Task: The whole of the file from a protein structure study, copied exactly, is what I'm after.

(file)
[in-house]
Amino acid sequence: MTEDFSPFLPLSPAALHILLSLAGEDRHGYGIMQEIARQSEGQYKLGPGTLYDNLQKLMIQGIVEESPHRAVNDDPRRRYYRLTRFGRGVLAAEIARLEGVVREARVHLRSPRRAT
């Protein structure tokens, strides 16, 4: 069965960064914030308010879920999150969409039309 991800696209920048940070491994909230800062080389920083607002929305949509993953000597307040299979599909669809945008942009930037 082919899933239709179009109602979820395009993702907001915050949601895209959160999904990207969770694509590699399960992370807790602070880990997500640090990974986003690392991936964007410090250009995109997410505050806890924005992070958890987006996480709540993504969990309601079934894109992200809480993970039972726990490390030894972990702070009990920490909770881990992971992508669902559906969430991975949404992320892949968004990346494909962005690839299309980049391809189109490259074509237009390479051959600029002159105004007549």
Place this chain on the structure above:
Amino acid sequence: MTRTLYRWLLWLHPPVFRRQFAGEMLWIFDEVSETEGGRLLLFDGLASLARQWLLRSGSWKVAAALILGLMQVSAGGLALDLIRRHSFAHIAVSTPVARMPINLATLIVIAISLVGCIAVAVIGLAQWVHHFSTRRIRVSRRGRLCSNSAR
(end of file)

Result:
[in-house]
Amino acid sequence: MTEDFSPFLPLSPAALHILLSLAGEDRHGYGIMQEIARQSEGQYKLGPGTLYDNLQKLMIQGIVEESPHRAVNDDPRRRYYRLTRFGRGVLAAEIARLEGVVREARVHLRSPRRAT
């Protein structure tokens, strides 16, 4: 069965960064914030308010879920999150969409039309 991800696209920048940070491994909230800062080389920083607002929305949509993953000597307040299979599909669809945008942009930037 082919899933239709179009109602979820395009993702907001915050949601895209959160999904990207969770694509590699399960992370807790602070880990997500640090990974986003690392991936964007410090250009995109997410505050806890924005992070958890987006996480709540993504969990309601079934894109992200809480993970039972726990490390030894972990702070009990920490909770881990992971992508669902559906969430991975949404992320892949968004990346494909962005690839299309980049391809189109490259074509237009390479051959600029002159105004007549």
Place this chain on the structure above:
Amino acid sequence: MTRTLYRWLLWLHPPVFRRQFAGEMLWIFDEVSETEGGRLLLFDGLASLARQWLLRSGSWKVAAALILGLMQVSAGGLALDLIRRHSFAHIAVSTPVARMPINLATLIVIAISLVGCIAVAVIGLAQWVHHFSTRRIRVSRRGRLCSNSAR